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Full NameDr Simon McDade
Department:Patrick G Johnston Centre for Cancer Research
Organisation:Queen's University Belfast
- genetics, genomics and molecular biology
- cell and developmental biology/regenerative medicine
Work in the functional genomics group (FGG) focusses on the use of cutting-edge genomics technologies (e.g., ChIP-Seq, RNA-seq, CRISPR-Screens) and aligned integrative bioinformatics strategies to investigate transcription factor de-regulation in disease with a particular interest in the p53 family. Through better understanding the genome-wide targets, mechanism of action and consequences of de-regulation of key transcription factors, we aim to identify altered genes or processes which could be exploited for diagnostic or therapeutic application.
My groups work is somewhat disease agnostic, with our project closely with large multidisciplinary translational teams with current funding from BBSRC, MRC, CRUK, PCUK-Movember, Bowel Research UK and Innovate UK. Our current funded work is focussed on Colorectal, Prostate and Squamous cancers as well an interest in homeostasis of Skin and other barrier tissues. We also have a burgeoning interest in the development novel genomics assays, analysis methodologies and easy to use analysis tools.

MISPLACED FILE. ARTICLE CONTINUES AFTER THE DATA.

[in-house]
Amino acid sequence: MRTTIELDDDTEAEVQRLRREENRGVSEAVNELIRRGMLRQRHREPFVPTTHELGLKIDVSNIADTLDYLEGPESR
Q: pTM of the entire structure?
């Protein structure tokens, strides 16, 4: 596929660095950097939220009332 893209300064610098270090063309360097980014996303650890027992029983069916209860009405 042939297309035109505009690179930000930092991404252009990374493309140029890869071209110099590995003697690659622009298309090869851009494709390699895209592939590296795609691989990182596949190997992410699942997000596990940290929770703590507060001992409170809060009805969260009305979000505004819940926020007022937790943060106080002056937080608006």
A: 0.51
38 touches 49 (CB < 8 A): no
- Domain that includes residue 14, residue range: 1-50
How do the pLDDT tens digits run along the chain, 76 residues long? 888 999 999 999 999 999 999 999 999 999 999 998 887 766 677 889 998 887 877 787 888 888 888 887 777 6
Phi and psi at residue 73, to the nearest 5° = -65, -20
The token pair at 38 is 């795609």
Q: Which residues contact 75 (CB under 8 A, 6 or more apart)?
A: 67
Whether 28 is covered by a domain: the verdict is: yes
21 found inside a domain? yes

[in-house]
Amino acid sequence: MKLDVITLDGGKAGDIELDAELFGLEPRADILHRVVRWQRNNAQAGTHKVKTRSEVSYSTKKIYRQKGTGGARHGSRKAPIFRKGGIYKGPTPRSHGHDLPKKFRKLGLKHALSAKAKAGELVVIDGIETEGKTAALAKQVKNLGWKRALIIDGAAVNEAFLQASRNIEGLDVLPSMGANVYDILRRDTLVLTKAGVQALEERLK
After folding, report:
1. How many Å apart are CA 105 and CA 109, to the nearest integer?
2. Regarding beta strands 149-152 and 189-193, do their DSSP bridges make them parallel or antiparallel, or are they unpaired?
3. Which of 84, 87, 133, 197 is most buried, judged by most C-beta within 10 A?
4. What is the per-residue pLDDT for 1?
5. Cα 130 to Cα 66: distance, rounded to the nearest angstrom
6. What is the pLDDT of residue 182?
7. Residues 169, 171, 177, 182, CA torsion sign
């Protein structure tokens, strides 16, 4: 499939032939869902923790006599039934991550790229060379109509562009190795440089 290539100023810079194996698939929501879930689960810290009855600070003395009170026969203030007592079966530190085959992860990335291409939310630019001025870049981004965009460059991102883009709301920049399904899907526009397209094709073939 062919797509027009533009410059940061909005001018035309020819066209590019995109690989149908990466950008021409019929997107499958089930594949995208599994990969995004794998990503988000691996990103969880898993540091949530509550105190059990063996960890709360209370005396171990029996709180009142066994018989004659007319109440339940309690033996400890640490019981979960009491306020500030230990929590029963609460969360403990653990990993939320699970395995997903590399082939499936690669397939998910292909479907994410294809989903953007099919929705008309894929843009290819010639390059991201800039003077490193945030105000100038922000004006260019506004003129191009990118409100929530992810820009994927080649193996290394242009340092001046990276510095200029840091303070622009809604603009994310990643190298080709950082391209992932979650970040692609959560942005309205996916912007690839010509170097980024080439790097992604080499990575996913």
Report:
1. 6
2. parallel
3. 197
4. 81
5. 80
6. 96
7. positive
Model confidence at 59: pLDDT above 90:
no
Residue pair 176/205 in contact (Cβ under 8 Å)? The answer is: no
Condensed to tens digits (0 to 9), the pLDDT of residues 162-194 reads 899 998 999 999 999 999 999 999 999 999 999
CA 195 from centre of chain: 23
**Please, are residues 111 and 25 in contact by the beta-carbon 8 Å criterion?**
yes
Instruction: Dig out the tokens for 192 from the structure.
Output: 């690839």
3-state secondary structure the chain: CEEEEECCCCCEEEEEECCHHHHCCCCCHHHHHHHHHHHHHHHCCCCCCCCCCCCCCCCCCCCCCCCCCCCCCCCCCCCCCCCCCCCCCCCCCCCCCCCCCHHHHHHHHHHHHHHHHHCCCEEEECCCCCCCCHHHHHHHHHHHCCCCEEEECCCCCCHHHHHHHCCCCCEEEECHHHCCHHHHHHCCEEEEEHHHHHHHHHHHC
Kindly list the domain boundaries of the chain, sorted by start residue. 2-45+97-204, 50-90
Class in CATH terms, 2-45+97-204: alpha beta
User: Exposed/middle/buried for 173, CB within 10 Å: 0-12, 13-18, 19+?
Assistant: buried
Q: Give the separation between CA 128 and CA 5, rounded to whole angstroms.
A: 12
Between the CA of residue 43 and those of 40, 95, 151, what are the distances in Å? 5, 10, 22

My group are actively involved in the CRUK ECMC-network with number of active Clinical-Translational studies of relevance to potential projects for the ICAT programme. Our translational work is focused on using functional genomics studies in cutting-edge models to identify targetable vulnerabilities induced by standard-of-care (SoC) treatments in genetically defined subsets of patients.
Research from our group has supported a first-in-man multi-centre Phase-1 trial of global pharma Eli-Lilly’s CDC7 funded by the CRUK funded New Agents Committee, for which I am Co-Investigator and Scientific lead (Chief investigator Richard Wilson University of Glasgow/CRUK Beatson Institute). The trial and associated pre-clinical work in my laboratory, aims to establish the safety of the drug and its potential for targeting a subset of mutant p53 expressing colorectal cancers (identified from work in my group and the colorectal team) and other cancer types with high p53 mutation frequency. This trial is about to enter dose-expansion phase in colorectal and squamous cancer, during which we will be collecting clinical samples for further Biomarker/translational studies. There is therefore an opportunity for clinical fellow to work on data generated from this trial as well as continue aligned translational work focussed on SoC combination partners for later phase trials potentially focussed on colorectal, squamous or ovarian cancers.
There are also opportunities related to our recent work funded through CRUK and PCUK-Movember, has highlighted the potential for epigenetic modifying agents, in particular the class-I HDAC inhibitor Entinostat to augment the effects of SoC chemotherapy in colorectal and prostate cancers (Lees, McIntyre et al. PNAS 2020). We are in process of designing pre- and clinical studies to dissect the complex mechanisms through which Entinostat (alone or combination with other EMAS’s) may increase tumour cell killing of SoC, while priming anti-tumour immunity and increasing immune-cell induced tumour cell death.
Finally, based on our interest in de-regulation of homeostasis in skin, there are additional opportunities to explore novel approaches to exploiting the role of p53 (and its family member p63) in regulating stress response, inflammation, and barrier function in skin and other barrier tissues such as colon